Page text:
Twenty plus years just breeze by in the blink of a McJob. I wonder what Andy, Dag, and Claire are doing today?
To back up to the past, I am looking at a book which writer, or would he prefer creator?, Douglas Coupland never seems happy with being analyzed. In 1991, he unleashed the fiction book disguised as a sociological breakdown, Generation X: Tales For An Accelerated Culture to the masses.
The book entered the cultural lexicon slowly, but soon the terms used and identified in it were co-opted by the media who scarcely understood it, and mostly grossly misquoted it. When I inhabited College shortly after Generation X came out, it became the go-to book for so many in my class. I finally imbibed right at the end of College, just so I could take part in the cool conversations with the cool kids.
And the funny thing is? I completely enjoyed it.
The characters. The philosophies. The entire package. And quite a package it is. But more on that later.
The narrative story here is the tale of three over-educated, under-employed twentysomethings who have ditched a normal life and gone to live and work in the dessert. Andy, our storyteller, is best friends with Dag and Claire. They live and wonder and reminisce about everything, from their futures to their families. Minutiae and grand thoughts are exposed here. Along the way, they share made up stories (are their any other kinds?) to entertain and enlighten each other.
The fears and foibles of the three are shown, and in some ways come to light, at the best part for me, when they head home for Christmas. They disembark from who they choose to be with and re-engage with whom they were born into. Reuniting back at where they started, a fully picture of who and what they are is painted. To be cryptic, my favourite moments of character is the part with the candles and the section with the sand. No googling, read it and find out for yourself.
Cloaked in all this character work is gobs and gobs of thoughts and concepts and ideas that Coupland is postulating. But only maybe. Coupland can be a very obtuse interview, and quite often gives answers that feel made up on the spot, depending on his mood. He seems to not want to explain his thoughts and wants you to make your own conclusions. He comes across as a kinder, gentler Flannery O’Connor in that regard.
To complicate the matter of analyzation, Coupland has filled the margins with little cartoons and definitions of faked words. The toons are satirical one panel bits, usually expanding on whatever thought was going in the pages at the time. Same with the faked words, one of the most famous being “McJobs.” Again no googling, read and find out. Even more fun and merriment in the thinking department comes from the chapter titles, with a favourite for many being “Adventure Without Risk Is Disneyland.” Add to that the listing of real statistics in the back, and you have a real soup of thoughts at play here. A package of philosophies.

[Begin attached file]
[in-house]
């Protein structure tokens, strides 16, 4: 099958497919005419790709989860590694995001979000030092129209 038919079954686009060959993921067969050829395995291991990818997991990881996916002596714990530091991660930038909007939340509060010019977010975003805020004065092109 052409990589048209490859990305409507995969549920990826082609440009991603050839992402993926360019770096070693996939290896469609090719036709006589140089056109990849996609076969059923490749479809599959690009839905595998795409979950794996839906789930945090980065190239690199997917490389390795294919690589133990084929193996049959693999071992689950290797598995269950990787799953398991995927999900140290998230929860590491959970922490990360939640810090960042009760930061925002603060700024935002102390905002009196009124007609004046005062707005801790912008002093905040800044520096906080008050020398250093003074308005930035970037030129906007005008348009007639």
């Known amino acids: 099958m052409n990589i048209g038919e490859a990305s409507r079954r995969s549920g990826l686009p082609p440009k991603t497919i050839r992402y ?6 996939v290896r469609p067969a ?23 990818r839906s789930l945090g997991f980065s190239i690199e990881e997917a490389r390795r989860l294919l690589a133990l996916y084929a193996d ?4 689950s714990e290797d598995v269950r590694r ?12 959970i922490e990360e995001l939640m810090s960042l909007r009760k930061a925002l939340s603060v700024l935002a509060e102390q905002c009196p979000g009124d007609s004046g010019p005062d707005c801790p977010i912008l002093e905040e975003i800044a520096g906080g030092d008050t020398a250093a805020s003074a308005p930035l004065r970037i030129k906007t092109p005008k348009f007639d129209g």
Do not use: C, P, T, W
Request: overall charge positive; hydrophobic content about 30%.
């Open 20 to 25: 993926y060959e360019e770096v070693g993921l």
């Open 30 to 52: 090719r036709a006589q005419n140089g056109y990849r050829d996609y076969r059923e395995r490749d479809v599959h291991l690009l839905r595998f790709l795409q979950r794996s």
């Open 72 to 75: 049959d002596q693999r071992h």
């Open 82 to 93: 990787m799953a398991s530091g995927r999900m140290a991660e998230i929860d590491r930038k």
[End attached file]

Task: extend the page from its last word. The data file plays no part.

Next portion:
Much of the dissertations Coupland seems to be going on about is how people are too attached to the trivial of pop culture and the materialism of modern society, all to forsake real experiences and interactions. While that may not sound revolutionary, Coupland’s parody throughout of the fakeness and disassociation most of us indulge in is very sharp and to the bone. The bad sitcom moment of having to endure Claire’s father and the wine cork still makes me cringe, which is the desired job. Coupland is not preaching or telling us or lecturing us not to partake in what culture is, even bad culture, but to measure it out in little spoonfuls. Living your life authentically, much like Holden Caulfield would pontificate, is of utmost importance. That was my takeaway, but as Coupland would probably attest, I got it wrong.
Back in those bygone days before Generation X entered my head, much discussions about a potential movie was bandied about by so many of my College friends. These, of course, went over my head, but upon finishing it, everything, all of it, became oh so clear. This casting was based on the nineties, and should have been done at the time, since no one else can fill these roles.
Who plays each part? Glad you asked! Andy is Mathew Perry. Total complete fit here. Dag is Chris O’Donnell. Would have been amazing. Claire is Uma Thurman. From Pulp Fiction to here, what a journey. Ed Asner as the bar owner and Bill Pullman as the astronaut. Don’t ask, it all makes sense. Karma must have realized the righteousness of some of this, since the other Coupland book I have read, Microserfs, was performed on audiobook by Perry.
Perry being involved felt so natural, and the growing popularity of Generation X, in both thought and character, is in many ways reflected in the television show Friends, also starring him.
In many ways, Friends feels like a sideways universe where Andy, Dag and Claire are just somewhere around the corner. They would not be working away in the dessert anymore, but have “grown up” grabbed the brass ring, and tried to live real lives. No McJobs for them, more of a fulfilled existence, with plenty of love and hugs.
Sounds almost like a fairy tale. Maybe that is what Tales For An Accelerated Culture is. A wonderful fable of thoughts.
…is currently reading Gladiator by Philip Wylie.
P.S. Generation X: Tales For An Accelerated Culture is copyright 2013 to Douglas Coupland. It is 183 pages in enlarged trade. You will have to see it to understand.